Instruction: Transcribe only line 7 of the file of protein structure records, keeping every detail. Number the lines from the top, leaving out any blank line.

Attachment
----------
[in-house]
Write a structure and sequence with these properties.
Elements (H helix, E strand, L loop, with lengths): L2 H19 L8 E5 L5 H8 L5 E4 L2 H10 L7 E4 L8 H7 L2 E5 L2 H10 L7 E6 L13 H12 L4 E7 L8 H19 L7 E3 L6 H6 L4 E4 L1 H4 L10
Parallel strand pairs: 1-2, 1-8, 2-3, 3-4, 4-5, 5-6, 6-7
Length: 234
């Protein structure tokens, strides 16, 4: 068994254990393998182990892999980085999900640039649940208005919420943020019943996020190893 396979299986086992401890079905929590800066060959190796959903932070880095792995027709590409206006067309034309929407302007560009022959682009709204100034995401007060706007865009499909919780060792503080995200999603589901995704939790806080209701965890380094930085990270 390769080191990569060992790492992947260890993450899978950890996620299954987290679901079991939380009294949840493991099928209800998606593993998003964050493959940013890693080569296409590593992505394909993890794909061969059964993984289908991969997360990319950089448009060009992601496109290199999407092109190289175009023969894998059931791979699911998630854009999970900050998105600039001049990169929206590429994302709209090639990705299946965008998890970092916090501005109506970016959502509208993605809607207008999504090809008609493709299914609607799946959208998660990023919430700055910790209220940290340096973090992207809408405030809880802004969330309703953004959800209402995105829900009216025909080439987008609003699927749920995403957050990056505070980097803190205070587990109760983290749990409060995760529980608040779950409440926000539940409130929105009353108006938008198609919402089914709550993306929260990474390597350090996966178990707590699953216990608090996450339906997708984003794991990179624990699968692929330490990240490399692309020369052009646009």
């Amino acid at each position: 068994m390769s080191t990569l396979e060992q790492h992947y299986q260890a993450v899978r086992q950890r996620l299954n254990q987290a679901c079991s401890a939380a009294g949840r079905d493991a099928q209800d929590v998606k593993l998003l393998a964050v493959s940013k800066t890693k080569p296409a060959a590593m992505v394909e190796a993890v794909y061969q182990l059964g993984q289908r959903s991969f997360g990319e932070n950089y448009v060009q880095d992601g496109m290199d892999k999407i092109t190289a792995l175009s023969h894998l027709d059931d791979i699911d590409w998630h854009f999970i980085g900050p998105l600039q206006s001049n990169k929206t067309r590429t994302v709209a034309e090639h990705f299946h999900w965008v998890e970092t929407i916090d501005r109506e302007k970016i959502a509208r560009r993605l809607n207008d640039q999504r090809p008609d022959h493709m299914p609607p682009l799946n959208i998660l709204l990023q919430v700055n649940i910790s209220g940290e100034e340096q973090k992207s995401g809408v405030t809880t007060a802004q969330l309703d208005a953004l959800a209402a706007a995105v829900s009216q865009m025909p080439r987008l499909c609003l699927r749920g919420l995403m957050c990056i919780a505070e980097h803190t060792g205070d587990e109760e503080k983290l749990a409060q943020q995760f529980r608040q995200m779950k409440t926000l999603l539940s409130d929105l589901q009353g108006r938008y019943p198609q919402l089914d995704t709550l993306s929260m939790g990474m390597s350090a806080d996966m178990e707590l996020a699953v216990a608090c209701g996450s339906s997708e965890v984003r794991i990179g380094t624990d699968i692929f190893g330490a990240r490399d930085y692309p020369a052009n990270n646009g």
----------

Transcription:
């Amino acid at each position: 068994m390769s080191t990569l396979e060992q790492h992947y299986q260890a993450v899978r086992q950890r996620l299954n254990q987290a679901c079991s401890a939380a009294g949840r079905d493991a099928q209800d929590v998606k593993l998003l393998a964050v493959s940013k800066t890693k080569p296409a060959a590593m992505v394909e190796a993890v794909y061969q182990l059964g993984q289908r959903s991969f997360g990319e932070n950089y448009v060009q880095d992601g496109m290199d892999k999407i092109t190289a792995l175009s023969h894998l027709d059931d791979i699911d590409w998630h854009f999970i980085g900050p998105l600039q206006s001049n990169k929206t067309r590429t994302v709209a034309e090639h990705f299946h999900w965008v998890e970092t929407i916090d501005r109506e302007k970016i959502a509208r560009r993605l809607n207008d640039q999504r090809p008609d022959h493709m299914p609607p682009l799946n959208i998660l709204l990023q919430v700055n649940i910790s209220g940290e100034e340096q973090k992207s995401g809408v405030t809880t007060a802004q969330l309703d208005a953004l959800a209402a706007a995105v829900s009216q865009m025909p080439r987008l499909c609003l699927r749920g919420l995403m957050c990056i919780a505070e980097h803190t060792g205070d587990e109760e503080k983290l749990a409060q943020q995760f529980r608040q995200m779950k409440t926000l999603l539940s409130d929105l589901q009353g108006r938008y019943p198609q919402l089914d995704t709550l993306s929260m939790g990474m390597s350090a806080d996966m178990e707590l996020a699953v216990a608090c209701g996450s339906s997708e965890v984003r794991i990179g380094t624990d699968i692929f190893g330490a990240r490399d930085y692309p020369a052009n990270n646009g």